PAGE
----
1934 Mercedes-Benz 130H
The Mercedes-Benz 130H was a low-production automobile built in Germany in the 1930s. It was presented in February 1934 at the Berlin Car Show.
Conceived by Hans Nibel, chief engineer of Mercedes Benz, the 130H was inspired by Edmund Rumpler's Tropfen-Auto. It followed on the Rumpler-chassis Tropfenwagen racers, which ran between 1923 and 1926.
Created in 1931 by Nibel, it had the 1.3 liter sidevalve four-cylinder engine mounted at the back, hence the "H", from German heck (rear), With the fan between the rear coil springs, it drove a transmission with three forward speeds, plus a semi-automatic overdrive which did not require the use of a clutch. (A similar idea was adopted by Cord for the abortive 810 in 1935.) The backbone chassis owed something to Hans Ledwinka, and suspension was independent at all four corners. Daimler-Benz put the 130H in production in 1934. Due to its suspension, handling proved poor, although perfectly adequate on German roads at the time, while its ride quality was superior to anything in Germany.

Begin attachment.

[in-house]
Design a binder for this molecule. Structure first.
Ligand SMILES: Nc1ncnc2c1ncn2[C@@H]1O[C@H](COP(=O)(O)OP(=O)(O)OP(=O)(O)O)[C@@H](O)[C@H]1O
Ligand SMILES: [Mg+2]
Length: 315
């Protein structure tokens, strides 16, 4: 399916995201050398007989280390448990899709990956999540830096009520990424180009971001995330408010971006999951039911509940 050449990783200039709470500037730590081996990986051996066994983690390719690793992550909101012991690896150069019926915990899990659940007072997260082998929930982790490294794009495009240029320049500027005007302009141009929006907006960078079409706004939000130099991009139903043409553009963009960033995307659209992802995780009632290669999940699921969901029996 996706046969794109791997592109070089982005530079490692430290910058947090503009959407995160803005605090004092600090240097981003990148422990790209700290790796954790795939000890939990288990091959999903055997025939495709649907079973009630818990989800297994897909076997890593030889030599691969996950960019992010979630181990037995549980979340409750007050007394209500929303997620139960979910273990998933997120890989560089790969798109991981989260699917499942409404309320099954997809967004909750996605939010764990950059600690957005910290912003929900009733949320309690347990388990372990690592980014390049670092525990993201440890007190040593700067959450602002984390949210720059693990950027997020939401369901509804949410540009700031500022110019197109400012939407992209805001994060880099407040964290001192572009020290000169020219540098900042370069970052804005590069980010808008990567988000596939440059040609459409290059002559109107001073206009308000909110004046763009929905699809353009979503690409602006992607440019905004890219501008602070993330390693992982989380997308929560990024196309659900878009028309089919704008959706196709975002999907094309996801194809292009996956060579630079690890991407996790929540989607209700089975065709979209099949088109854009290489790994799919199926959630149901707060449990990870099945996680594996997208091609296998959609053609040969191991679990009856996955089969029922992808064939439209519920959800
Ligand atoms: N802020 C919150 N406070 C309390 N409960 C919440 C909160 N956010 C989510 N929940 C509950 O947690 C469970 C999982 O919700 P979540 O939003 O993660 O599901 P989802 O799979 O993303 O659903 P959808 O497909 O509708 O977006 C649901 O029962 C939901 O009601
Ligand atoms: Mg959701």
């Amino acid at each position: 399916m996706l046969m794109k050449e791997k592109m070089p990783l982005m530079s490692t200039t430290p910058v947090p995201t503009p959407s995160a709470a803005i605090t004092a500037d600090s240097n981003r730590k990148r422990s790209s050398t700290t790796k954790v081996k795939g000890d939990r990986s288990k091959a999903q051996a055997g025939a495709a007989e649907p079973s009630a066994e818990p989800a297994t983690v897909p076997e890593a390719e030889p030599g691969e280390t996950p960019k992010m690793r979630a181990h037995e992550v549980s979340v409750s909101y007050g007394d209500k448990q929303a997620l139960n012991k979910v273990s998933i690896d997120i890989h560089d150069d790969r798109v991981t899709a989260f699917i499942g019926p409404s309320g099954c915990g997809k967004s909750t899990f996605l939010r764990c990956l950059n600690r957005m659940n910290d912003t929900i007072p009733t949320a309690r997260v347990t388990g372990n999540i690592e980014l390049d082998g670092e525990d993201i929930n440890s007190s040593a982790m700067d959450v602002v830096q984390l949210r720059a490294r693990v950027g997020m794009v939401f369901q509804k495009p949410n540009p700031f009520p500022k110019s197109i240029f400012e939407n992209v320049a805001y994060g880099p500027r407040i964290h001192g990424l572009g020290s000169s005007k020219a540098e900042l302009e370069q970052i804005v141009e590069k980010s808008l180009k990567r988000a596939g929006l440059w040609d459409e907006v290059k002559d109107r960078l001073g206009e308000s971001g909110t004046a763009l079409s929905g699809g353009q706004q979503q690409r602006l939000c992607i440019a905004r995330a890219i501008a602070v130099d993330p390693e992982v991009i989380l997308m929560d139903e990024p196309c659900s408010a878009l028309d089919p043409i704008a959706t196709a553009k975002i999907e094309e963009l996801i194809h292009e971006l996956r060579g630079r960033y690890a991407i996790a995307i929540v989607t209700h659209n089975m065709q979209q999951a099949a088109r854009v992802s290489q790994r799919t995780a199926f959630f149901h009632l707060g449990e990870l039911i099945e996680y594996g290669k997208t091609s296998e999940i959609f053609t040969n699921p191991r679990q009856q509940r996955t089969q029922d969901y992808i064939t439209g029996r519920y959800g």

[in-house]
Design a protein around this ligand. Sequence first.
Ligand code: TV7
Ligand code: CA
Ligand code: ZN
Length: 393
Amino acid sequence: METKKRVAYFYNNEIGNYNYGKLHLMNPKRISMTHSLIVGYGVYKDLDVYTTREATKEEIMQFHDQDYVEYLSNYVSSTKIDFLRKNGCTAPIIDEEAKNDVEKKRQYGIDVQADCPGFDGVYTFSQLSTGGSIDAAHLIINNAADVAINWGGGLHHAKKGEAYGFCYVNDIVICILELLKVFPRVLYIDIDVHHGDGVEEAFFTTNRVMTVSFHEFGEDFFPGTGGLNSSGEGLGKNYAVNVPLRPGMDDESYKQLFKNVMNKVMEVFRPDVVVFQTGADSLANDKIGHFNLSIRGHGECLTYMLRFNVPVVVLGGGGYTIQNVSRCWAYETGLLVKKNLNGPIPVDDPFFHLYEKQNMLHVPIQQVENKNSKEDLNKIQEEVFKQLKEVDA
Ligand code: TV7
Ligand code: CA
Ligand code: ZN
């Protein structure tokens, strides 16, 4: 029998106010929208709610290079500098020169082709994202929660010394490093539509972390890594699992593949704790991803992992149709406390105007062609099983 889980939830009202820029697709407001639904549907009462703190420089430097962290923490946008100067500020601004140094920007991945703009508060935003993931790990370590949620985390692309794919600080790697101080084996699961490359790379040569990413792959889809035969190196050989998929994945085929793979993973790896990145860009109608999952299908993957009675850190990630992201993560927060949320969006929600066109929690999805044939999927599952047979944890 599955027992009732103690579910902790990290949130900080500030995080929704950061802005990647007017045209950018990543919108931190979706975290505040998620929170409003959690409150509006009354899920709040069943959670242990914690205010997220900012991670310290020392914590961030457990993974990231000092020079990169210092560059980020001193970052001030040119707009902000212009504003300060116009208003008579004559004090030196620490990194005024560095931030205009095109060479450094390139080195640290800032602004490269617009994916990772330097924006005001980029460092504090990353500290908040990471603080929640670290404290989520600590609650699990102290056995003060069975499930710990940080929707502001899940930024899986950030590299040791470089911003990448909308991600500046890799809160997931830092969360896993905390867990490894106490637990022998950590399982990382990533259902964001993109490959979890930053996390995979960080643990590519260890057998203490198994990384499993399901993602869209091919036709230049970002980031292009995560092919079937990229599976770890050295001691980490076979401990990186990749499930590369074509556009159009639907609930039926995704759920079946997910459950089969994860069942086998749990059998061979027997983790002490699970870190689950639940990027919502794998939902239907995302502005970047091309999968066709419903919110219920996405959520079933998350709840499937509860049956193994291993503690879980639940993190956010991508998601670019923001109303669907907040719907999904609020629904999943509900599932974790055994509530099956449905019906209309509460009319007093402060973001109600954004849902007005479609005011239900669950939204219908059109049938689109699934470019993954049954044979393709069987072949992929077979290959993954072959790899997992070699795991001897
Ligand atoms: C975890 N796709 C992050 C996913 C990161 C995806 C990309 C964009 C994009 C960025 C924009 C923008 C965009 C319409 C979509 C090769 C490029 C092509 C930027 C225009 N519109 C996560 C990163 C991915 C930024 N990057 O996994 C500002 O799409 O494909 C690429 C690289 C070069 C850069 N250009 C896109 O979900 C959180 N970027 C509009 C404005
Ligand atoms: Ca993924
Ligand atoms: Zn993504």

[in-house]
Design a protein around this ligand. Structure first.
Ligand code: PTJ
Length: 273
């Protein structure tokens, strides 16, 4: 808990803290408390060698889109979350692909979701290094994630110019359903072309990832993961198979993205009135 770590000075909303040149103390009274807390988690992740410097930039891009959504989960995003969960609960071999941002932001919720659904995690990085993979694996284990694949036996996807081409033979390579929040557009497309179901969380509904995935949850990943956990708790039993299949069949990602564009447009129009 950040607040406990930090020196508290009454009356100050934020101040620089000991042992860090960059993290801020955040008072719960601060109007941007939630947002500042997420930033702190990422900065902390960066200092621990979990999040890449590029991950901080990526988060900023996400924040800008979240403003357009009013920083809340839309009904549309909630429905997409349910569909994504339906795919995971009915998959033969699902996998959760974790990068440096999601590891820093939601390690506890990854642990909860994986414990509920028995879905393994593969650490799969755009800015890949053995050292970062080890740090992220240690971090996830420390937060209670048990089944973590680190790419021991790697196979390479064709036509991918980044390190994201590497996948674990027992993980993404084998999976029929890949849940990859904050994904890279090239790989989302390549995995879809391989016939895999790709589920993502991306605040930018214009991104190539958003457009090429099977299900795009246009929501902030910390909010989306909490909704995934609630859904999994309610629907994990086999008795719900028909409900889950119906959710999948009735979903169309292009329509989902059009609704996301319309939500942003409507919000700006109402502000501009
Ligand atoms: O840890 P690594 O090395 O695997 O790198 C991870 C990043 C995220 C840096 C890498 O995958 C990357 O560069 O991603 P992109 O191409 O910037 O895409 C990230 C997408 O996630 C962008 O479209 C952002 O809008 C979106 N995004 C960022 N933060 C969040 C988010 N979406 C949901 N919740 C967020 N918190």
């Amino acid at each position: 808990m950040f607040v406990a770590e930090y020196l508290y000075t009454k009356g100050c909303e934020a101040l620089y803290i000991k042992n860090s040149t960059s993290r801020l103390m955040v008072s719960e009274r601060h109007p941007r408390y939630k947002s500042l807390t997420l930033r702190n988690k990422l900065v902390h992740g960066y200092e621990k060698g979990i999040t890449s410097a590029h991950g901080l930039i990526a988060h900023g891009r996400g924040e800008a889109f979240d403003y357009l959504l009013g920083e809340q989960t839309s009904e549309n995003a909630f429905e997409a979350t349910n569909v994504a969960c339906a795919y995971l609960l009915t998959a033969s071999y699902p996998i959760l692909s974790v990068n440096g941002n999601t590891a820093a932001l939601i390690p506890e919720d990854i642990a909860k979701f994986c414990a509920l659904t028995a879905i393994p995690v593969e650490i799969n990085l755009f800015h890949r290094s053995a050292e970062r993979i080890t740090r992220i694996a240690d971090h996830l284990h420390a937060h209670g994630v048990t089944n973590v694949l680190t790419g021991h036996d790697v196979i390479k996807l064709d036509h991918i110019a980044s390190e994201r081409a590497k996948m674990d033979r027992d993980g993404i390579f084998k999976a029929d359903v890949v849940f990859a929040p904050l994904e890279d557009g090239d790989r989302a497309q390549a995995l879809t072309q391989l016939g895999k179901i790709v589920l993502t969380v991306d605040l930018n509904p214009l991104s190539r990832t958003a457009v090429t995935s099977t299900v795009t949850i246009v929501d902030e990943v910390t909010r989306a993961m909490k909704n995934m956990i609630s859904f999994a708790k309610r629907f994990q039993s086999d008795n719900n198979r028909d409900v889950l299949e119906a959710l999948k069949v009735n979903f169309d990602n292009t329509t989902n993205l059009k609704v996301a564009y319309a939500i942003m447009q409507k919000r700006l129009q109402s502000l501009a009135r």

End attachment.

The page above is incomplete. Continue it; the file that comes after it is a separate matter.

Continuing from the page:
The motor had a power of 26 PS (19 kW) and was able to propel the small two-door sedan at a speed of 92 km/h. The synchronised four-speed gearbox (which would be called later 3 + E by VW) is accommodated in front of the rear axle, the balance being provided by coil springs. The front axle was equipped with two transverse leaf springs.
The car was sold as a sedan, an open-top sedan or a convertible (with and without cabrio cover and without side windows), each being fitted with two doors. Due to its extreme unbalance (? of the mass on the rear axle), the car had very awkward handling. Because of the low sales volume, the model was discontinued in 1936.
Nibel followed the 130H with a more powerful 150H, with chassis designed by Daimler's Max Wagner.